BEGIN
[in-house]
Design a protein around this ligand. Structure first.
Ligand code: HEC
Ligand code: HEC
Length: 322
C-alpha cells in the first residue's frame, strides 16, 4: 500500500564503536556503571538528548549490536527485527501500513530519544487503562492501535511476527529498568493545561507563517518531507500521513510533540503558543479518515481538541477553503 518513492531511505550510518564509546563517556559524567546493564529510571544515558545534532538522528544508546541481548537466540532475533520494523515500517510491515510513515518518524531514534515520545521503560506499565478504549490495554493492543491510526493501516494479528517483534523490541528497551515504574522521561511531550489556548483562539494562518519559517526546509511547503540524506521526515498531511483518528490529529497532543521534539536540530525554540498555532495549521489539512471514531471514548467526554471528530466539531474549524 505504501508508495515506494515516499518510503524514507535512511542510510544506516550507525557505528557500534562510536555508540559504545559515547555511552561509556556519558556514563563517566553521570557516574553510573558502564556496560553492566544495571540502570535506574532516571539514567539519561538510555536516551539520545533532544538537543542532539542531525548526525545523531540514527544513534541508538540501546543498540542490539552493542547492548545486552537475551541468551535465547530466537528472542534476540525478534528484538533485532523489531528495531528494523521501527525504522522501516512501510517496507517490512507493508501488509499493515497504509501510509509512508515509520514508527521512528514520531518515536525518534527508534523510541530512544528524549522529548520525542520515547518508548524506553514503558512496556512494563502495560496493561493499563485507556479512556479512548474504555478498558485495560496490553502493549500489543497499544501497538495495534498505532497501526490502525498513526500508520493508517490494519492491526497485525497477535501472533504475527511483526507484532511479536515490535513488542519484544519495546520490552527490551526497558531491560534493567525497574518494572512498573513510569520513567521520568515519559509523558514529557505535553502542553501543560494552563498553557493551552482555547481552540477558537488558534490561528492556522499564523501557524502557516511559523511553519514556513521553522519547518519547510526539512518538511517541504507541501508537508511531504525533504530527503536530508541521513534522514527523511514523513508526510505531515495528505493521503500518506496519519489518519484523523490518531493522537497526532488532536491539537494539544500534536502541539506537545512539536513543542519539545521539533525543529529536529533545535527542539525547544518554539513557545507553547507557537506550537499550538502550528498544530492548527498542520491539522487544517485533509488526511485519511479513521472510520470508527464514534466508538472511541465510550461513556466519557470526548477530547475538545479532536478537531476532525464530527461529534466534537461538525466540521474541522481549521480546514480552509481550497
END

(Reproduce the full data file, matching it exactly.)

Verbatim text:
[in-house]
Design a protein around this ligand. Structure first.
Ligand code: HEC
Ligand code: HEC
Length: 322
C-alpha cells in the first residue's frame, strides 16, 4: 500500500564503536556503571538528548549490536527485527501500513530519544487503562492501535511476527529498568493545561507563517518531507500521513510533540503558543479518515481538541477553503 518513492531511505550510518564509546563517556559524567546493564529510571544515558545534532538522528544508546541481548537466540532475533520494523515500517510491515510513515518518524531514534515520545521503560506499565478504549490495554493492543491510526493501516494479528517483534523490541528497551515504574522521561511531550489556548483562539494562518519559517526546509511547503540524506521526515498531511483518528490529529497532543521534539536540530525554540498555532495549521489539512471514531471514548467526554471528530466539531474549524 505504501508508495515506494515516499518510503524514507535512511542510510544506516550507525557505528557500534562510536555508540559504545559515547555511552561509556556519558556514563563517566553521570557516574553510573558502564556496560553492566544495571540502570535506574532516571539514567539519561538510555536516551539520545533532544538537543542532539542531525548526525545523531540514527544513534541508538540501546543498540542490539552493542547492548545486552537475551541468551535465547530466537528472542534476540525478534528484538533485532523489531528495531528494523521501527525504522522501516512501510517496507517490512507493508501488509499493515497504509501510509509512508515509520514508527521512528514520531518515536525518534527508534523510541530512544528524549522529548520525542520515547518508548524506553514503558512496556512494563502495560496493561493499563485507556479512556479512548474504555478498558485495560496490553502493549500489543497499544501497538495495534498505532497501526490502525498513526500508520493508517490494519492491526497485525497477535501472533504475527511483526507484532511479536515490535513488542519484544519495546520490552527490551526497558531491560534493567525497574518494572512498573513510569520513567521520568515519559509523558514529557505535553502542553501543560494552563498553557493551552482555547481552540477558537488558534490561528492556522499564523501557524502557516511559523511553519514556513521553522519547518519547510526539512518538511517541504507541501508537508511531504525533504530527503536530508541521513534522514527523511514523513508526510505531515495528505493521503500518506496519519489518519484523523490518531493522537497526532488532536491539537494539544500534536502541539506537545512539536513543542519539545521539533525543529529536529533545535527542539525547544518554539513557545507553547507557537506550537499550538502550528498544530492548527498542520491539522487544517485533509488526511485519511479513521472510520470508527464514534466508538472511541465510550461513556466519557470526548477530547475538545479532536478537531476532525464530527461529534466534537461538525466540521474541522481549521480546514480552509481550497